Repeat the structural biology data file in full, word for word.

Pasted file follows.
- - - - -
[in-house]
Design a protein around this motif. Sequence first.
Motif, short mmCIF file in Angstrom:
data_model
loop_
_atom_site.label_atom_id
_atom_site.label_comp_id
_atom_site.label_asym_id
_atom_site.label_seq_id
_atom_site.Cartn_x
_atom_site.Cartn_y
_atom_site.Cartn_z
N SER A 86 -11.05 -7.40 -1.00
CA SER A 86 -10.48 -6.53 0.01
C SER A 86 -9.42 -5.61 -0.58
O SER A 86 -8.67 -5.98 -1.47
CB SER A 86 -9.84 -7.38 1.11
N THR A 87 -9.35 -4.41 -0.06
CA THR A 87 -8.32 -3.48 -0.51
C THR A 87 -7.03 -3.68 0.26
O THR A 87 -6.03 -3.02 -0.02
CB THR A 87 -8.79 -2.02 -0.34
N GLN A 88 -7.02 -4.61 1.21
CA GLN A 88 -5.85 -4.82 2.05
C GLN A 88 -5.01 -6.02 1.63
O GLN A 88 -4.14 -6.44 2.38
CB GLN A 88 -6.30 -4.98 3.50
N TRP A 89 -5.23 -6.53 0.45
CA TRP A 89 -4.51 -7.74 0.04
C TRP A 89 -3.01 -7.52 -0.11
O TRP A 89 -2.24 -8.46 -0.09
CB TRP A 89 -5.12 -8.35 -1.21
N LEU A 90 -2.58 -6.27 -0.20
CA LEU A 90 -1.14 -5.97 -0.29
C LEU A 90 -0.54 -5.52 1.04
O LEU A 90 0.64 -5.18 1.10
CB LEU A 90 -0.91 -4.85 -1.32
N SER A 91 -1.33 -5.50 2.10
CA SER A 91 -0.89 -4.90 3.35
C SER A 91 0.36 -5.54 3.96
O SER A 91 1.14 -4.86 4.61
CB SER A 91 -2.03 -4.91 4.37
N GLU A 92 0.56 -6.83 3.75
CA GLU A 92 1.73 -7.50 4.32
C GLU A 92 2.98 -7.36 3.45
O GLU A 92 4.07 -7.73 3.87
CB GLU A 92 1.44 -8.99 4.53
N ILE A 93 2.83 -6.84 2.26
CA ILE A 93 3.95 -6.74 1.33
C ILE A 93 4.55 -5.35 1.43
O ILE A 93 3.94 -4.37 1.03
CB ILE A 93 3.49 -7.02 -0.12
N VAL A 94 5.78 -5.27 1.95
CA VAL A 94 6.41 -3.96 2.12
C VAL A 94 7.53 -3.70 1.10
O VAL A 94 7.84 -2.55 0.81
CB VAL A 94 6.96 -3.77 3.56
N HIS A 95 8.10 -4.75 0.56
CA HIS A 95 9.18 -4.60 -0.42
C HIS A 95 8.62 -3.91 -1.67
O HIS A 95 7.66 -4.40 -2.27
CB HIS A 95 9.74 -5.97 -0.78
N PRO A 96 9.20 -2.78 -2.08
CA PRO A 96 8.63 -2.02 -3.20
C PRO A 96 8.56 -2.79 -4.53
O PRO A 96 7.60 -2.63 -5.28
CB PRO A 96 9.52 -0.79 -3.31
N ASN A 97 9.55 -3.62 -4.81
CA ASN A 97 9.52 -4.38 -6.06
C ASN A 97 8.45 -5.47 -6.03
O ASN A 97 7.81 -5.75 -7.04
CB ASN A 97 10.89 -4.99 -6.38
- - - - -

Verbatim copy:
[in-house]
Design a protein around this motif. Sequence first.
Motif, short mmCIF file in Angstrom:
data_model
loop_
_atom_site.label_atom_id
_atom_site.label_comp_id
_atom_site.label_asym_id
_atom_site.label_seq_id
_atom_site.Cartn_x
_atom_site.Cartn_y
_atom_site.Cartn_z
N SER A 86 -11.05 -7.40 -1.00
CA SER A 86 -10.48 -6.53 0.01
C SER A 86 -9.42 -5.61 -0.58
O SER A 86 -8.67 -5.98 -1.47
CB SER A 86 -9.84 -7.38 1.11
N THR A 87 -9.35 -4.41 -0.06
CA THR A 87 -8.32 -3.48 -0.51
C THR A 87 -7.03 -3.68 0.26
O THR A 87 -6.03 -3.02 -0.02
CB THR A 87 -8.79 -2.02 -0.34
N GLN A 88 -7.02 -4.61 1.21
CA GLN A 88 -5.85 -4.82 2.05
C GLN A 88 -5.01 -6.02 1.63
O GLN A 88 -4.14 -6.44 2.38
CB GLN A 88 -6.30 -4.98 3.50
N TRP A 89 -5.23 -6.53 0.45
CA TRP A 89 -4.51 -7.74 0.04
C TRP A 89 -3.01 -7.52 -0.11
O TRP A 89 -2.24 -8.46 -0.09
CB TRP A 89 -5.12 -8.35 -1.21
N LEU A 90 -2.58 -6.27 -0.20
CA LEU A 90 -1.14 -5.97 -0.29
C LEU A 90 -0.54 -5.52 1.04
O LEU A 90 0.64 -5.18 1.10
CB LEU A 90 -0.91 -4.85 -1.32
N SER A 91 -1.33 -5.50 2.10
CA SER A 91 -0.89 -4.90 3.35
C SER A 91 0.36 -5.54 3.96
O SER A 91 1.14 -4.86 4.61
CB SER A 91 -2.03 -4.91 4.37
N GLU A 92 0.56 -6.83 3.75
CA GLU A 92 1.73 -7.50 4.32
C GLU A 92 2.98 -7.36 3.45
O GLU A 92 4.07 -7.73 3.87
CB GLU A 92 1.44 -8.99 4.53
N ILE A 93 2.83 -6.84 2.26
CA ILE A 93 3.95 -6.74 1.33
C ILE A 93 4.55 -5.35 1.43
O ILE A 93 3.94 -4.37 1.03
CB ILE A 93 3.49 -7.02 -0.12
N VAL A 94 5.78 -5.27 1.95
CA VAL A 94 6.41 -3.96 2.12
C VAL A 94 7.53 -3.70 1.10
O VAL A 94 7.84 -2.55 0.81
CB VAL A 94 6.96 -3.77 3.56
N HIS A 95 8.10 -4.75 0.56
CA HIS A 95 9.18 -4.60 -0.42
C HIS A 95 8.62 -3.91 -1.67
O HIS A 95 7.66 -4.40 -2.27
CB HIS A 95 9.74 -5.97 -0.78
N PRO A 96 9.20 -2.78 -2.08
CA PRO A 96 8.63 -2.02 -3.20
C PRO A 96 8.56 -2.79 -4.53
O PRO A 96 7.60 -2.63 -5.28
CB PRO A 96 9.52 -0.79 -3.31
N ASN A 97 9.55 -3.62 -4.81
CA ASN A 97 9.52 -4.38 -6.06
C ASN A 97 8.45 -5.47 -6.03
O ASN A 97 7.81 -5.75 -7.04
CB ASN A 97 10.89 -4.99 -6.38